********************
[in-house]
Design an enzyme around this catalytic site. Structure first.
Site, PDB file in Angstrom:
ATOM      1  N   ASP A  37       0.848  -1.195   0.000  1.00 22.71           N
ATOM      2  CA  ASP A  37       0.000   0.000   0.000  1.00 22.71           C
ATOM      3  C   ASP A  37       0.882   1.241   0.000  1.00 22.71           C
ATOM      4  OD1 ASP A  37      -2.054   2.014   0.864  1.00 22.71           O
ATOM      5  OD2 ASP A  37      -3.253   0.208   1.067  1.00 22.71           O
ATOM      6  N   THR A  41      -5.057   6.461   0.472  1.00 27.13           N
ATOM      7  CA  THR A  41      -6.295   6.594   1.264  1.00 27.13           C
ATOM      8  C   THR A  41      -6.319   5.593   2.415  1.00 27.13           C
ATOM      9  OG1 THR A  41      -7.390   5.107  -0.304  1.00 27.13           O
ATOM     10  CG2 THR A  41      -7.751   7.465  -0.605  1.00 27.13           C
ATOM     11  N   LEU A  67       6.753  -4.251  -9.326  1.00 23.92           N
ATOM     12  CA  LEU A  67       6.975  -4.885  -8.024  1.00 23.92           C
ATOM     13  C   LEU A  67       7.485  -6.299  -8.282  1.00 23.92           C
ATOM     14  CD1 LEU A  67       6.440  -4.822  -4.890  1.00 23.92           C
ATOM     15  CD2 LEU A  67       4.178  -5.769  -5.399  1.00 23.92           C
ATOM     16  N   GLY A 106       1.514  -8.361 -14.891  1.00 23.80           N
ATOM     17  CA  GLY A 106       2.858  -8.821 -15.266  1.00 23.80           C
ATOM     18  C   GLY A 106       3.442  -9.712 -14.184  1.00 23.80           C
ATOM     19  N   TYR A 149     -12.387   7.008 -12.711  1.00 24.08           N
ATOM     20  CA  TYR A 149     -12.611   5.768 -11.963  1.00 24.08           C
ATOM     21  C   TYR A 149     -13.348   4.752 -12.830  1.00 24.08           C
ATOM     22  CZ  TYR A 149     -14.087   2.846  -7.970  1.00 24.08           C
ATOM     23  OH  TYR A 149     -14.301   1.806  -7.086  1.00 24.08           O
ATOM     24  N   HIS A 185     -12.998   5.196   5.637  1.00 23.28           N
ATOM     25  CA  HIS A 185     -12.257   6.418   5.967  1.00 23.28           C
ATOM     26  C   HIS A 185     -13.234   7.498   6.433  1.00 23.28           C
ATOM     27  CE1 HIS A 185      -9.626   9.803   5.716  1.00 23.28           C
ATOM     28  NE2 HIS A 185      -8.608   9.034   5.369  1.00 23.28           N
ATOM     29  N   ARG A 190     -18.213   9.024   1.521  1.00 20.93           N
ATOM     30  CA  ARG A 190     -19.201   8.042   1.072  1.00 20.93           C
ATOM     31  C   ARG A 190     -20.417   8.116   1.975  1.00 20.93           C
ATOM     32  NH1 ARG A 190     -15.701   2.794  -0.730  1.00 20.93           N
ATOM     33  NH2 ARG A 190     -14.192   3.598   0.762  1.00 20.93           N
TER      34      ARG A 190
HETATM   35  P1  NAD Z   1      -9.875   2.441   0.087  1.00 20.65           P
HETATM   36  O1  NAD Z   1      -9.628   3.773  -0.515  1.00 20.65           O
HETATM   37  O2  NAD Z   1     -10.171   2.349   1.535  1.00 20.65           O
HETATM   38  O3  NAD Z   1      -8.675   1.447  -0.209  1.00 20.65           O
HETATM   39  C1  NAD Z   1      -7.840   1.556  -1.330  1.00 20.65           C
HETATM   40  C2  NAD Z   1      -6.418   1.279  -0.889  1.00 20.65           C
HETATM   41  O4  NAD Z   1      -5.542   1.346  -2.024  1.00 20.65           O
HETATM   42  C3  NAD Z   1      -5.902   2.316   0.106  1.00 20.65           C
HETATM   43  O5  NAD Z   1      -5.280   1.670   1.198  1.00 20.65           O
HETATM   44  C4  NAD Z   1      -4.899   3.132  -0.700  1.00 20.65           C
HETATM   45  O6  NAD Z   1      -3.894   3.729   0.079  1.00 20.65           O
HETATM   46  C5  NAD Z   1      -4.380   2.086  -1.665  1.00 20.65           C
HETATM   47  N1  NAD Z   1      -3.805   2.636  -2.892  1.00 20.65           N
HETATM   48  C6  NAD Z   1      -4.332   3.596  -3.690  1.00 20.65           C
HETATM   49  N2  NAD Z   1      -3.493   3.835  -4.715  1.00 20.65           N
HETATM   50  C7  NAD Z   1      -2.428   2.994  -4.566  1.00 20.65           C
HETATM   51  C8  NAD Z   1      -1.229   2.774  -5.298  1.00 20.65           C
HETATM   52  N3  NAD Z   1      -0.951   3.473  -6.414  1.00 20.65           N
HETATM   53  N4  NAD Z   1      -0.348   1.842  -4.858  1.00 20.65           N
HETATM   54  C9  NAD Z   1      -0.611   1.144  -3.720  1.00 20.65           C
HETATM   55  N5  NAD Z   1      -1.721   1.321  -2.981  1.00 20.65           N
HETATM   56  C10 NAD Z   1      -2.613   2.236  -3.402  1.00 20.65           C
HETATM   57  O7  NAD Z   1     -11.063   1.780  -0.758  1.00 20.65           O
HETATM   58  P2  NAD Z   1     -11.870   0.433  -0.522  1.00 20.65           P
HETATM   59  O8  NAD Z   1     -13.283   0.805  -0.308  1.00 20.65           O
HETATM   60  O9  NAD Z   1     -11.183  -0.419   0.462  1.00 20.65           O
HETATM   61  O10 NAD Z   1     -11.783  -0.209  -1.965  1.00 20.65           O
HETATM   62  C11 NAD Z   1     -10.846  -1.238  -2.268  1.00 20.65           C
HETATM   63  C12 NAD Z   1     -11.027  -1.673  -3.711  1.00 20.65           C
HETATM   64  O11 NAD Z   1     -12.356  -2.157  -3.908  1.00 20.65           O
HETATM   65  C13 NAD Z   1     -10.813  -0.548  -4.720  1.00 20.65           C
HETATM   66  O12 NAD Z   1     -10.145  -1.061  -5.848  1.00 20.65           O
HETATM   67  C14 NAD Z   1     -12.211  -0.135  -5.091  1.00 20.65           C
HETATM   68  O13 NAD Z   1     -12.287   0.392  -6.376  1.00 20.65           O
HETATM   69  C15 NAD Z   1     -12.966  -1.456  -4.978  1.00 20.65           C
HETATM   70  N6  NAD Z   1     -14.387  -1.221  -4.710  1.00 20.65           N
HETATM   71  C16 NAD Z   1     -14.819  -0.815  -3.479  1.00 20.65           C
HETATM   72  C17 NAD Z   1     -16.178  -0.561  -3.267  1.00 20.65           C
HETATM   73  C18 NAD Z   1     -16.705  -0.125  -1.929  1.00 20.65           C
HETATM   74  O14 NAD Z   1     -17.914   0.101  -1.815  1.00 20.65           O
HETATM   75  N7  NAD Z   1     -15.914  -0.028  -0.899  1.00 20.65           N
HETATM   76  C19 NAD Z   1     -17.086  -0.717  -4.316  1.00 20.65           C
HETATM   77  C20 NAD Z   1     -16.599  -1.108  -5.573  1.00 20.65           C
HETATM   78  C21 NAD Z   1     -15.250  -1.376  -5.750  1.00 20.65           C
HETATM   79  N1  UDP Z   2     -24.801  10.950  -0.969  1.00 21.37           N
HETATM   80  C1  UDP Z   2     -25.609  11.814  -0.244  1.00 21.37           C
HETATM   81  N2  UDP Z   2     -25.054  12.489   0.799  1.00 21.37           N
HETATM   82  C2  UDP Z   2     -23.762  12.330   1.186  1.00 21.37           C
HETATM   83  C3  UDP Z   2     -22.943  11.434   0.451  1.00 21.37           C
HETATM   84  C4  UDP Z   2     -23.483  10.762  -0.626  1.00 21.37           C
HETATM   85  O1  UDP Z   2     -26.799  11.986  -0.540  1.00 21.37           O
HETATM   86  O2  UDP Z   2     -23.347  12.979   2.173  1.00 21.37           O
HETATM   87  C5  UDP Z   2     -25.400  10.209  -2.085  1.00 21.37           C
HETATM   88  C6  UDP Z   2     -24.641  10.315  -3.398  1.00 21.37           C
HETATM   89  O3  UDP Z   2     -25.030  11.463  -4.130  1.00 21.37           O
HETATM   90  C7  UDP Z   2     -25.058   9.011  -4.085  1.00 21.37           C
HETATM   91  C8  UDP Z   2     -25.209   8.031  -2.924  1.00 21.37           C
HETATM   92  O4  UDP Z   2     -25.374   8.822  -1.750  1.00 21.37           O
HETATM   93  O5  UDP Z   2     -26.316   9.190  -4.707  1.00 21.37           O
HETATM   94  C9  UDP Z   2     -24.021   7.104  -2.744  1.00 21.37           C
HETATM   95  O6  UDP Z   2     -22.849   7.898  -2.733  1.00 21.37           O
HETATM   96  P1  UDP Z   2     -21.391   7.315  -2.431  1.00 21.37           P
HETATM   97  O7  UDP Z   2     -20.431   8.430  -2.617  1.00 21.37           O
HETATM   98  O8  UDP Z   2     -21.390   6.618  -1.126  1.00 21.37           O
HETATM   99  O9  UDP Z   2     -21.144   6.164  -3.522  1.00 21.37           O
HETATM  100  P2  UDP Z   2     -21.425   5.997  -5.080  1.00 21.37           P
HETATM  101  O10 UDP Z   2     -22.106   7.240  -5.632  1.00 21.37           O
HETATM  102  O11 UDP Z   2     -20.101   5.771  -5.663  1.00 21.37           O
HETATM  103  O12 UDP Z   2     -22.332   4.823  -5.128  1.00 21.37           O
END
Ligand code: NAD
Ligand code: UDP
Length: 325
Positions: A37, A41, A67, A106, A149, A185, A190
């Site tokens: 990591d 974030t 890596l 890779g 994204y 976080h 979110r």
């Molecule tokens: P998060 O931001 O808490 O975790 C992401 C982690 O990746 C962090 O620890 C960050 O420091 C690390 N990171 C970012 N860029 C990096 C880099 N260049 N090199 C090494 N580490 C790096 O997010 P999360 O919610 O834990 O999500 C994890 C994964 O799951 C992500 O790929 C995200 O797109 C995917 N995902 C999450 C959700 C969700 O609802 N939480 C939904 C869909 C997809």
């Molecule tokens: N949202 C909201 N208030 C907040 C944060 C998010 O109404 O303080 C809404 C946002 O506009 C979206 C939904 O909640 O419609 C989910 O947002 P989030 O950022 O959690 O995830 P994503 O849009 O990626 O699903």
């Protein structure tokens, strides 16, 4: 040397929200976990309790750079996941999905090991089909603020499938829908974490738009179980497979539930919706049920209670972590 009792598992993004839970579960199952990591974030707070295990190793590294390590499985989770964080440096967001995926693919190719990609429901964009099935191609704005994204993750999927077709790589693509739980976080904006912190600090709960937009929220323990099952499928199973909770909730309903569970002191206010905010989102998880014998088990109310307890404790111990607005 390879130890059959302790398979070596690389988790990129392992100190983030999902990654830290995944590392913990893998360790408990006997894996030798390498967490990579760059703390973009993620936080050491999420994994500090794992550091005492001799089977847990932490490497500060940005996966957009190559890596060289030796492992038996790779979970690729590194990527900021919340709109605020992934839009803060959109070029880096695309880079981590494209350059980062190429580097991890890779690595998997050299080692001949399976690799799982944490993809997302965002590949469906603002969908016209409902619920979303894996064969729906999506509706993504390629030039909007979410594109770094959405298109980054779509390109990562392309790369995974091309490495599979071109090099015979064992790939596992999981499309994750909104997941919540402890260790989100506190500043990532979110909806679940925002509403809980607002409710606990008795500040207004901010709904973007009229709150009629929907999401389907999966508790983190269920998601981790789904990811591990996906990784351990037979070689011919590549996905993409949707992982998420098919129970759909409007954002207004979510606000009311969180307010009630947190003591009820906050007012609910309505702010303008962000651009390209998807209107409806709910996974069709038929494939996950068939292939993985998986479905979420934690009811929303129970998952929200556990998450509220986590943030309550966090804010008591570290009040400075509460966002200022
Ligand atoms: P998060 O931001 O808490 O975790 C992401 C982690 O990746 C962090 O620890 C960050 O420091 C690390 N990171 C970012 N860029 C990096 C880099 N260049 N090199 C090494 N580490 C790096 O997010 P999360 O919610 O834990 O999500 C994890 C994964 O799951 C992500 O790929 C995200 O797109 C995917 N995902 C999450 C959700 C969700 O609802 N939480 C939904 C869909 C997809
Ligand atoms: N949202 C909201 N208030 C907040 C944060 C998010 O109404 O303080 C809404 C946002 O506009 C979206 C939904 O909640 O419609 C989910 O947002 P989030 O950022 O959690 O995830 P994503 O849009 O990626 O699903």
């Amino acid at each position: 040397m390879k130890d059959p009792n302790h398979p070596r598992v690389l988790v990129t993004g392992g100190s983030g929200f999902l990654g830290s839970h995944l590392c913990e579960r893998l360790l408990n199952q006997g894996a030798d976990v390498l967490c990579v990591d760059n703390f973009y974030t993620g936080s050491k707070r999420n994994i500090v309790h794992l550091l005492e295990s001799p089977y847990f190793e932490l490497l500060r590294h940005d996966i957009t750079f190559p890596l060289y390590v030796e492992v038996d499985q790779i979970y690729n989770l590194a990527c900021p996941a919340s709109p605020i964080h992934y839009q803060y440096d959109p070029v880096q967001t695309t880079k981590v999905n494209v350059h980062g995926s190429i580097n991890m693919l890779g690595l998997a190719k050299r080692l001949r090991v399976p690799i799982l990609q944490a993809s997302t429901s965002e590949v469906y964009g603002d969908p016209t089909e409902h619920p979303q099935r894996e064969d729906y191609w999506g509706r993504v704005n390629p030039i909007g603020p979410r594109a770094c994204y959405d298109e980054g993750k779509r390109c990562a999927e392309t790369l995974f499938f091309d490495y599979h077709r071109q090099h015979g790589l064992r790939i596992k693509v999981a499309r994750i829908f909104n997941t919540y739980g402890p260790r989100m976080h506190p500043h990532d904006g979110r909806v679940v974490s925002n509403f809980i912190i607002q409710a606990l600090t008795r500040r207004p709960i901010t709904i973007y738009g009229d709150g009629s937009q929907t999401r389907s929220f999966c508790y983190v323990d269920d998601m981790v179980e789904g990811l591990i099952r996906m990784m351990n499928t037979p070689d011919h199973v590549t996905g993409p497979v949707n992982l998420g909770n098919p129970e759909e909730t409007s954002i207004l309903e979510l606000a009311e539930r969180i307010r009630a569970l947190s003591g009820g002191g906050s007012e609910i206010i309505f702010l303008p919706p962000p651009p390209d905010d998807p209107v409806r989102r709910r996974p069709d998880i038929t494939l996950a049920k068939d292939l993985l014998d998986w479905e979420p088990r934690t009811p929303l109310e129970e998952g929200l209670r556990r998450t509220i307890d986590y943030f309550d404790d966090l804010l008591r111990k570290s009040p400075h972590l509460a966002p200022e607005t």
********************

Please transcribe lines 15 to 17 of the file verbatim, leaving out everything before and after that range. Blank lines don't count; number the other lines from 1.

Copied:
ATOM     12  CA  LEU A  67       6.975  -4.885  -8.024  1.00 23.92           C
ATOM     13  C   LEU A  67       7.485  -6.299  -8.282  1.00 23.92           C
ATOM     14  CD1 LEU A  67       6.440  -4.822  -4.890  1.00 23.92           C